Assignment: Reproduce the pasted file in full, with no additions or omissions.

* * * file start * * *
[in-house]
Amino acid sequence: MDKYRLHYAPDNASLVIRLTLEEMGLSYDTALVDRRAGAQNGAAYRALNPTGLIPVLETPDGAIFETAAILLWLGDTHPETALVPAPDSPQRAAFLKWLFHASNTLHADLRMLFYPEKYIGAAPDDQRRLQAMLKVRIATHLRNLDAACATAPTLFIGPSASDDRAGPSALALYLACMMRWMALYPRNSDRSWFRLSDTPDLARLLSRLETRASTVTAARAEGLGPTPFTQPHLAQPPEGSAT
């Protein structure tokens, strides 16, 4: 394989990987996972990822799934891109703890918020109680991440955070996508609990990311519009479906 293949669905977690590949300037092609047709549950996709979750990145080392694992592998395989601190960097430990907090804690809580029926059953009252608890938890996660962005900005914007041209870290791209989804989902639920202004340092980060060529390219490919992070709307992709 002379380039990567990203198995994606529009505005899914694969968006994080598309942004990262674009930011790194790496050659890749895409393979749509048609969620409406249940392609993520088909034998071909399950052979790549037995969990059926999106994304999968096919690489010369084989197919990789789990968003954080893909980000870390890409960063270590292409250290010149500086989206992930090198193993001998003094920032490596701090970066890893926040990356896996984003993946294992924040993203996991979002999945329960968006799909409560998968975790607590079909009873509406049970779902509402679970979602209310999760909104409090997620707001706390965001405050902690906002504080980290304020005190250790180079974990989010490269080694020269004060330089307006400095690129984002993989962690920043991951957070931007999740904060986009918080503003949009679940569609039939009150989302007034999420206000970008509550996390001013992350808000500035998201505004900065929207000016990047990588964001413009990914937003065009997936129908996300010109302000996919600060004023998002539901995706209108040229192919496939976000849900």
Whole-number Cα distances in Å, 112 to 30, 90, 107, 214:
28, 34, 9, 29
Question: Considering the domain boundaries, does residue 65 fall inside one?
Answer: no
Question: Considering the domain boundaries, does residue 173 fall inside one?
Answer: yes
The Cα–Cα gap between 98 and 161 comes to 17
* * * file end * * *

[in-house]
Amino acid sequence: MDKYRLHYAPDNASLVIRLTLEEMGLSYDTALVDRRAGAQNGAAYRALNPTGLIPVLETPDGAIFETAAILLWLGDTHPETALVPAPDSPQRAAFLKWLFHASNTLHADLRMLFYPEKYIGAAPDDQRRLQAMLKVRIATHLRNLDAACATAPTLFIGPSASDDRAGPSALALYLACMMRWMALYPRNSDRSWFRLSDTPDLARLLSRLETRASTVTAARAEGLGPTPFTQPHLAQPPEGSAT
């Protein structure tokens, strides 16, 4: 394989990987996972990822799934891109703890918020109680991440955070996508609990990311519009479906 293949669905977690590949300037092609047709549950996709979750990145080392694992592998395989601190960097430990907090804690809580029926059953009252608890938890996660962005900005914007041209870290791209989804989902639920202004340092980060060529390219490919992070709307992709 002379380039990567990203198995994606529009505005899914694969968006994080598309942004990262674009930011790194790496050659890749895409393979749509048609969620409406249940392609993520088909034998071909399950052979790549037995969990059926999106994304999968096919690489010369084989197919990789789990968003954080893909980000870390890409960063270590292409250290010149500086989206992930090198193993001998003094920032490596701090970066890893926040990356896996984003993946294992924040993203996991979002999945329960968006799909409560998968975790607590079909009873509406049970779902509402679970979602209310999760909104409090997620707001706390965001405050902690906002504080980290304020005190250790180079974990989010490269080694020269004060330089307006400095690129984002993989962690920043991951957070931007999740904060986009918080503003949009679940569609039939009150989302007034999420206000970008509550996390001013992350808000500035998201505004900065929207000016990047990588964001413009990914937003065009997936129908996300010109302000996919600060004023998002539901995706209108040229192919496939976000849900």
Whole-number Cα distances in Å, 112 to 30, 90, 107, 214:
28, 34, 9, 29
Question: Considering the domain boundaries, does residue 65 fall inside one?
Answer: no
Question: Considering the domain boundaries, does residue 173 fall inside one?
Answer: yes
The Cα–Cα gap between 98 and 161 comes to 17